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Dallas expects at least $270 million in federal relief for the coronavirus

City officials on Wednesday said they need more flexibility in using Treasury Department funds, which are restricted to immediate impacts from COVID-19.


Dallas can expect to receive at least $270 million in federal relief funds to help the city with expenses related to the coronavirus pandemic.
But the city’s anticipated revenue losses, coupled with an increase in costs to provide services, are still likely to have a big impact on its $3.8 billion budget for the fiscal year that ends in September.
The largest chunk of the federal funding — over $200 million — is expected to come from the Treasury Department, but there are strict limits on how that money can be spent, said Elizabeth Reich, the city’s chief financial officer.
City advocates are aggressively lobbying for more flexibility on the funding to allow Dallas to fill holes in its budget, Brett Wilkinson, director of the city’s Office of Strategic Partnerships and Government Affairs, told the City Council on Wednesday.
City officials expect the pandemic to devastate its sales tax revenue after nonessential businesses were forced to close to help slow the spread of the virus. Travel and tourism effectively shut down. Property tax revenue could also decrease.
“We would like flexibility that we need to help us with, quite frankly, what we know are going to be huge revenue losses this year,” Wilkinson said.
Texas will receive about $11.4 billion in federal relief, and that money will be doled out to local governments based on population. Dallas is the state’s third-largest city, after Houston and San Antonio.
Dallas also expects $53.8 million in aid for Love Field, Wilkinson said. The airport has seen just a fraction of its usual flight bookings since the pandemic reached Dallas.

About $14.4 million will come from the U.S. Department of Housing and Urban Development, and $2.8 million is earmarked to respond to the coronavirus among law enforcement and medical personnel.
Transit agencies in the Dallas-Fort Worth region will also get $318.6 million in federal relief, Wilkinson said.
The U.S. Conference of Mayors and National League of Cities said in a news release Tuesday that 88% of cities surveyed expect a revenue shortfall this year because of the spread of COVID-19; many of them expect to furlough employees.
Christy McFarland, director of research at the National League of Cities, said local governments’ revenues will suffer significantly.
She said it’s important that Treasury Department funds, which currently can be used only for eligible reimbursements of money spent to fight the pandemic between March and December, have “less strings attached” to allow cities to fill their revenue gaps.
The immediate coronavirus expenses are only "a small share of what cities are dealing with right now when it comes to fiscal impact,” McFarland said Wednesday.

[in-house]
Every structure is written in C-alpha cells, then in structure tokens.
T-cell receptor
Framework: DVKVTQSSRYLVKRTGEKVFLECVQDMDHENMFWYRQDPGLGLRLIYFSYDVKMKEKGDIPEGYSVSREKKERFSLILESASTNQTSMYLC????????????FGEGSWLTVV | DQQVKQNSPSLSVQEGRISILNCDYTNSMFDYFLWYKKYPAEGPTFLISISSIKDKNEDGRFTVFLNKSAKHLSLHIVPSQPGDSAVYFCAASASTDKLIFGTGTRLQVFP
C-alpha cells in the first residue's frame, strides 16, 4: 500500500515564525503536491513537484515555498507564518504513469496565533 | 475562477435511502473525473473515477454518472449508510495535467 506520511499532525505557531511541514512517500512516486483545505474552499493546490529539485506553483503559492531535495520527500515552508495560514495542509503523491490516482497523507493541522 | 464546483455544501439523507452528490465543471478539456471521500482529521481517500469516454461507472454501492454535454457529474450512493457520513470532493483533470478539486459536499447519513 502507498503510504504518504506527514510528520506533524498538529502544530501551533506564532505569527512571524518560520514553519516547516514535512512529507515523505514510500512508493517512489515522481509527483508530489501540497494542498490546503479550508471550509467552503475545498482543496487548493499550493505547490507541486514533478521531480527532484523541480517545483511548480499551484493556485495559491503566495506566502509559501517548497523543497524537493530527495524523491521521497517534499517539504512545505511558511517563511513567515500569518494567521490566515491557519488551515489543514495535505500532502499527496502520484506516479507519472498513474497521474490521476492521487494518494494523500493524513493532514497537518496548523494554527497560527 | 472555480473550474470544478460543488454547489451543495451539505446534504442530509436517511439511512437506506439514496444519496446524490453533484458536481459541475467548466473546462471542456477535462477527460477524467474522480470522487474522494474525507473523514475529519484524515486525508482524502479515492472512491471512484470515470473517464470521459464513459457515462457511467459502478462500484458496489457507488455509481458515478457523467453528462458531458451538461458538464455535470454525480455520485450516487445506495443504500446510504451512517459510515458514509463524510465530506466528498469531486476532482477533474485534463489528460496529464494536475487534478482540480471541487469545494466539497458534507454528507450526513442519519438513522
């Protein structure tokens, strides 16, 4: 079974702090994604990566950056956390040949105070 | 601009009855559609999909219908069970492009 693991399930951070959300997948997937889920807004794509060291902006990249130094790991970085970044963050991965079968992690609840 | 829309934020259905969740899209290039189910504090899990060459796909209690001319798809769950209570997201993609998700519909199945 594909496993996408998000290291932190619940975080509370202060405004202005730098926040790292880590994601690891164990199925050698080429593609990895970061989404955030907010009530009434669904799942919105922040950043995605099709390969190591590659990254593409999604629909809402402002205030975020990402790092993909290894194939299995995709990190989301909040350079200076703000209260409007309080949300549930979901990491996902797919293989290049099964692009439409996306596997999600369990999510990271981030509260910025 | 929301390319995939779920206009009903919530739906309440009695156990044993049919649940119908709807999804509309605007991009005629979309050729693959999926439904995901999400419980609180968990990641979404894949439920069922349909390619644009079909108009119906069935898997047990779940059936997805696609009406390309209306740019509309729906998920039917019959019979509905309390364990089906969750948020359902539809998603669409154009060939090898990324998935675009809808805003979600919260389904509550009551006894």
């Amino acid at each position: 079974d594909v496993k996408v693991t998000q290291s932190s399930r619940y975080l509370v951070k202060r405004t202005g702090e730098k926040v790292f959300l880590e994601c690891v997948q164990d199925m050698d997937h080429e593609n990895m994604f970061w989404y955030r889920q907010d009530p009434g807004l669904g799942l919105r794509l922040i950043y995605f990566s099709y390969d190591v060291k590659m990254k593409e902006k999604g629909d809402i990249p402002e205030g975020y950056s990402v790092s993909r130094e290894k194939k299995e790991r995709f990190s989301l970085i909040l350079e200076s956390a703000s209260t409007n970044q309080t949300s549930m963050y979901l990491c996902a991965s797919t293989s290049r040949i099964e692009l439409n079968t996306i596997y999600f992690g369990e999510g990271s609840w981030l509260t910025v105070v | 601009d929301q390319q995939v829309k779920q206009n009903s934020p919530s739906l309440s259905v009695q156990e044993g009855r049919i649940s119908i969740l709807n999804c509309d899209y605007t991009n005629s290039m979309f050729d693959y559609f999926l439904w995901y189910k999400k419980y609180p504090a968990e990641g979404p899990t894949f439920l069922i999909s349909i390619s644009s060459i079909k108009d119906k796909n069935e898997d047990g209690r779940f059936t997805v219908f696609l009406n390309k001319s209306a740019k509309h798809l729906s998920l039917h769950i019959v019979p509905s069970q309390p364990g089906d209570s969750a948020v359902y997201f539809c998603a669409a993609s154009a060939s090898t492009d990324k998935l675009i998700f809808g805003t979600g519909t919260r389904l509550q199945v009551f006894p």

The city has approved $4.3 million in spending related to the pandemic and has rented 100 hotel rooms for the homeless, bought 10 recreational vehicles to quarantine first responders and ordered more personal protective equipment for city staffers. That doesn’t include any additional costs to open an emergency shelter for the homeless at the Kay Bailey Hutchison Convention Center.
Reich has told council members that she expects Dallas to have some tough decisions to make to balance its budget.
“We will certainly see a drop in sales tax revenue, and we are working with our economist to determine the extent," Reich said in a statement Tuesday. "At the same time we are facing an increase in demand for our services, we are forecasting a major decline in revenue. That is why we need direct and flexible funding from Congress that will enable us to fill revenue gaps.”
Reich said it’s too early to tell how big a hit the city will take. But she told the council that the previous recession reduced city sales tax revenue in 2009 by 10% — which currently would be about $30 million.
The city could also see a reduction in property tax revenue next year in the tens of millions of dollars. McFarland, of the National League of Cities, said many municipalities expect an uptick in the number of businesses and residents who can’t pay their bills
Wilkinson said the city could face an even bigger challenge with the budget this year. “The scary thing about all of this … is that big question mark of how long this is going to last,” Wilkinson said. “When you take that into consideration, it could potentially be a lot worse. We just don’t know.”
In a news release Tuesday, the National League of Cities said more than half of cities expect their budget shortfalls to affect police or public safety.
In Dallas, about $8.9 million of the federal aid will come from Community Development Block Grants, which will help the city provide financial assistance for rent or utilities to residents for up to three months, small-business operations affected by the pandemic and $1.8 million in administrative oversight.
Council member Chad West, who represents north Oak Cliff, asked staffers for more detailed information about the administrative costs.
An additional $4.5 million of the HUD money will go toward emergency shelter, rapid rehousing for the homeless and homeless prevention assistance as well as housing assistance for people with AIDS.
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